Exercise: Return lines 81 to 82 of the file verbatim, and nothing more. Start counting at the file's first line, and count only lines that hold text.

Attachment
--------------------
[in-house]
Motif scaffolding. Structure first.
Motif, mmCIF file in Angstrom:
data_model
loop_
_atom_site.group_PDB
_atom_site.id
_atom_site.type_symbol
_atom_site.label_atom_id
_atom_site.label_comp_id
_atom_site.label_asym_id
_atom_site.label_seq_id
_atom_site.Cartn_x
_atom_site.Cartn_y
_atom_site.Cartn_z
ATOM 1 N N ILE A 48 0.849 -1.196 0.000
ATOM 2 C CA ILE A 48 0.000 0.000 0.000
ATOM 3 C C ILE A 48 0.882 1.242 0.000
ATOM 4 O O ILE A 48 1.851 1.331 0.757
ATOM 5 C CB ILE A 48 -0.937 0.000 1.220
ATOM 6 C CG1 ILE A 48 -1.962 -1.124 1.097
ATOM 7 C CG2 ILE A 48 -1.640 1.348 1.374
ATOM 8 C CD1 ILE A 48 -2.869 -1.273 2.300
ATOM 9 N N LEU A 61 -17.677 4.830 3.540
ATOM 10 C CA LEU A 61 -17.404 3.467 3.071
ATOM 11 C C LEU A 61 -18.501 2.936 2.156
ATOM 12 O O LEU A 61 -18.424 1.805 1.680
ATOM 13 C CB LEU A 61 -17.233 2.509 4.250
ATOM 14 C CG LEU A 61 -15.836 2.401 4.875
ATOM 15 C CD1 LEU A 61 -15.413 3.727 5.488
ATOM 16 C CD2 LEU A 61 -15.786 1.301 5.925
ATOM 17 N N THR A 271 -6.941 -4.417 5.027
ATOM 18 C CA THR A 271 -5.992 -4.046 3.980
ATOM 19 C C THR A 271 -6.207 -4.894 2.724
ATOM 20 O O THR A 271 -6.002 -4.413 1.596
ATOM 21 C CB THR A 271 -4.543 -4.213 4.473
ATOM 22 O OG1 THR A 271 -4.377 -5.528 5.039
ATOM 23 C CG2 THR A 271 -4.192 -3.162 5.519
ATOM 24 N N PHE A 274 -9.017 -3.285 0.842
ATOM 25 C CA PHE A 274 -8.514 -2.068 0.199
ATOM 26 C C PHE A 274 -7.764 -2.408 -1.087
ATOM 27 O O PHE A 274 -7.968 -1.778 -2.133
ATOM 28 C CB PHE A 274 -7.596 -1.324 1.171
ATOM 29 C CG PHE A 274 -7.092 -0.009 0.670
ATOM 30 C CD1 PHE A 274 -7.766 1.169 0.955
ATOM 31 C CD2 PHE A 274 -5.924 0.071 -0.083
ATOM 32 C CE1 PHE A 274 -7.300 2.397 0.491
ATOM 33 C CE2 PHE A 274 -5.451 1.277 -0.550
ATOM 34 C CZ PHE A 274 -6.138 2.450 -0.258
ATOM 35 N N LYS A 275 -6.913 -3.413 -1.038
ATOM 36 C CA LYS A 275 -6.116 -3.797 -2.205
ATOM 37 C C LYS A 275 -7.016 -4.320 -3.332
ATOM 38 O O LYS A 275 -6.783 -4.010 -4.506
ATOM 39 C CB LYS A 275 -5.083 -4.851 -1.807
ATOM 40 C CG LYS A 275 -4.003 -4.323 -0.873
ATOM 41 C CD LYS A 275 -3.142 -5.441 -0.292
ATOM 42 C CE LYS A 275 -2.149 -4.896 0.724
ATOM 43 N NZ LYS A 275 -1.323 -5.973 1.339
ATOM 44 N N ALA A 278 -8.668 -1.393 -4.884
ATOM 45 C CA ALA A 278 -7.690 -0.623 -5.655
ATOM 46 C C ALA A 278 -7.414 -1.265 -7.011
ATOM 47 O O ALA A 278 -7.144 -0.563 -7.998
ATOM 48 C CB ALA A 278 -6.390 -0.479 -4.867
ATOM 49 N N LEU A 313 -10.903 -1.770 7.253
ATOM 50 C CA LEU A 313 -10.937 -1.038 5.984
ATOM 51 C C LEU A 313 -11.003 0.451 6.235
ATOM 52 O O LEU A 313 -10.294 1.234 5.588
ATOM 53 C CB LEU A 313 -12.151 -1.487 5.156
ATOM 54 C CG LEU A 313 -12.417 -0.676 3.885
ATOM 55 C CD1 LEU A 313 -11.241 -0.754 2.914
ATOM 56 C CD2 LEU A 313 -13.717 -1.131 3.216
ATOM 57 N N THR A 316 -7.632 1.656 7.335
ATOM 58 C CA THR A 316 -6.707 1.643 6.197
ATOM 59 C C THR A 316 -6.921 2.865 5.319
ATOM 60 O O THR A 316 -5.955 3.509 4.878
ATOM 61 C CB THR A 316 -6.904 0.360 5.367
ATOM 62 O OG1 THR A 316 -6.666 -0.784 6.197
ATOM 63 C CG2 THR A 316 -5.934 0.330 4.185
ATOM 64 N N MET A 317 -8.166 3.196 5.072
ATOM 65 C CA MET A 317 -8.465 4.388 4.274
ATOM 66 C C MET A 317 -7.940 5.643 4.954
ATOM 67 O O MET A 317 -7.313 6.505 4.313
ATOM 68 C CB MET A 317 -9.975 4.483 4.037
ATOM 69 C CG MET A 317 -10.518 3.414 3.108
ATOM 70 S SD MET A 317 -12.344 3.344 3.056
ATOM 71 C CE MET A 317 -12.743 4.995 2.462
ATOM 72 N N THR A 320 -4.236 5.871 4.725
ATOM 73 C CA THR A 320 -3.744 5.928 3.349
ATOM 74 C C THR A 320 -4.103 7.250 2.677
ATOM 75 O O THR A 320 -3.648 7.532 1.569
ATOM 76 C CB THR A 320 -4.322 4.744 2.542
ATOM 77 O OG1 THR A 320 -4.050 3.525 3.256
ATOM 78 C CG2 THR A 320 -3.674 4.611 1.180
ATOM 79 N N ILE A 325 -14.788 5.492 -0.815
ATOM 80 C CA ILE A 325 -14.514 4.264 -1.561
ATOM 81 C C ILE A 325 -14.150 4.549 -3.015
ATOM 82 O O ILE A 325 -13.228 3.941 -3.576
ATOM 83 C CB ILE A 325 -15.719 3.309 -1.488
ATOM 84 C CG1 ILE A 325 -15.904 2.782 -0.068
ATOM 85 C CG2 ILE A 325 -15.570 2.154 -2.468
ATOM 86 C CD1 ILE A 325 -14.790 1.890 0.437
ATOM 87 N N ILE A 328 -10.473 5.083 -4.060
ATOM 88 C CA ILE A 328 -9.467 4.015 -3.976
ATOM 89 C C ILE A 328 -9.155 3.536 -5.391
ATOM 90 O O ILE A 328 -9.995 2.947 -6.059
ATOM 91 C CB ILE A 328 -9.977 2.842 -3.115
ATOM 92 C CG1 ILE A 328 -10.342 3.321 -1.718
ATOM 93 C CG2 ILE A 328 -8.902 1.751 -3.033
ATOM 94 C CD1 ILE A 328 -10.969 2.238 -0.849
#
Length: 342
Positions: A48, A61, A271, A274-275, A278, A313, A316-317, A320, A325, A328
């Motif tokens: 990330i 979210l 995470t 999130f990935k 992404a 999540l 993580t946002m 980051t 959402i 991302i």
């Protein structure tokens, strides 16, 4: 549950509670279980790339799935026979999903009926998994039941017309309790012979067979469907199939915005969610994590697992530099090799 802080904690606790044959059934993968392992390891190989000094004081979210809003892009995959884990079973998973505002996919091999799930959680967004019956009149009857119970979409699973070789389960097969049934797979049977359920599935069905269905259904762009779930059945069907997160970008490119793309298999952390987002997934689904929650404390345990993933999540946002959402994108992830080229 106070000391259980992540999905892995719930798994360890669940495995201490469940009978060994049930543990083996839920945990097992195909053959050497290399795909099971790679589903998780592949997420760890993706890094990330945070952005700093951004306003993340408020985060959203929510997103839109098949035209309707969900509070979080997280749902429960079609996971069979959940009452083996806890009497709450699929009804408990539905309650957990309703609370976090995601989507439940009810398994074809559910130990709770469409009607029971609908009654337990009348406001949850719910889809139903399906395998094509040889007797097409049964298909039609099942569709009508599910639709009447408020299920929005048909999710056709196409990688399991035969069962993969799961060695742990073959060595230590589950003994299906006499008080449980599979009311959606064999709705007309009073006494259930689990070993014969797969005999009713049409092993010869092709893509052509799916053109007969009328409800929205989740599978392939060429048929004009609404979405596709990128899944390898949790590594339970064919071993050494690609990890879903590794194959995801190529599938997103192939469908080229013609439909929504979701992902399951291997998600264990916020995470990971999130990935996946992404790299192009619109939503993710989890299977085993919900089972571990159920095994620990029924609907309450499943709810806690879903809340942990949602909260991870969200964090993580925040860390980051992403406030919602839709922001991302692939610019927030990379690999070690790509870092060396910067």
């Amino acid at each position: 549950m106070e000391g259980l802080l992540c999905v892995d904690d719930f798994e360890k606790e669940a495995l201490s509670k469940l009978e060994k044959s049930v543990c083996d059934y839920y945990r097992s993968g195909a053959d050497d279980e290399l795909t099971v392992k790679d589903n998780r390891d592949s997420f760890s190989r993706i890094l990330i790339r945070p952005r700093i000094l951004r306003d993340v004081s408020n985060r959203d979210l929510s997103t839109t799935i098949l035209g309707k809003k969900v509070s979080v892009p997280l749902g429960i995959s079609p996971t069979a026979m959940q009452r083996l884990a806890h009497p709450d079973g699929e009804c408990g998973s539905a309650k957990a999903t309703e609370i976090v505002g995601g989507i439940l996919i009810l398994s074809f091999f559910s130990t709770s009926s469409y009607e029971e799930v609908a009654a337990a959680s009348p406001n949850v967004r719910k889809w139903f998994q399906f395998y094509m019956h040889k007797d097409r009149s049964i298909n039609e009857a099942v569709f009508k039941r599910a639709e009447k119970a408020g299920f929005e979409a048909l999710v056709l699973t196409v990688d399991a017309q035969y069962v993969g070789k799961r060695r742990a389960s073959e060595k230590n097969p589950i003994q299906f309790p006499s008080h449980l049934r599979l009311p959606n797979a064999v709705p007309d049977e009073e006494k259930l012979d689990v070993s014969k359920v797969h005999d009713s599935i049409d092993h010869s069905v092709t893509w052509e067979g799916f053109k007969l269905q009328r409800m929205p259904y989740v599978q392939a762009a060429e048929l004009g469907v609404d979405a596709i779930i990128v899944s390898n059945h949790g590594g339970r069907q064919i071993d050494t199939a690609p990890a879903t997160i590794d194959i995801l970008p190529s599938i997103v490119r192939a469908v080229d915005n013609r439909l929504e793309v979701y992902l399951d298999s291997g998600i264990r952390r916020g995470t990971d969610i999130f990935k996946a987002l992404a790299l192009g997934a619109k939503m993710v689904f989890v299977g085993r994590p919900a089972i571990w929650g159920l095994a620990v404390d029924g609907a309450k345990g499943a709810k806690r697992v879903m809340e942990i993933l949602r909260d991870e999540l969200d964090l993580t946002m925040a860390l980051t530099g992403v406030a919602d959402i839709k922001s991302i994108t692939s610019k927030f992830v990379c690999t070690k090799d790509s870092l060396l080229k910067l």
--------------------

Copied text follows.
ATOM 66 C C MET A 317 -7.940 5.643 4.954
ATOM 67 O O MET A 317 -7.313 6.505 4.313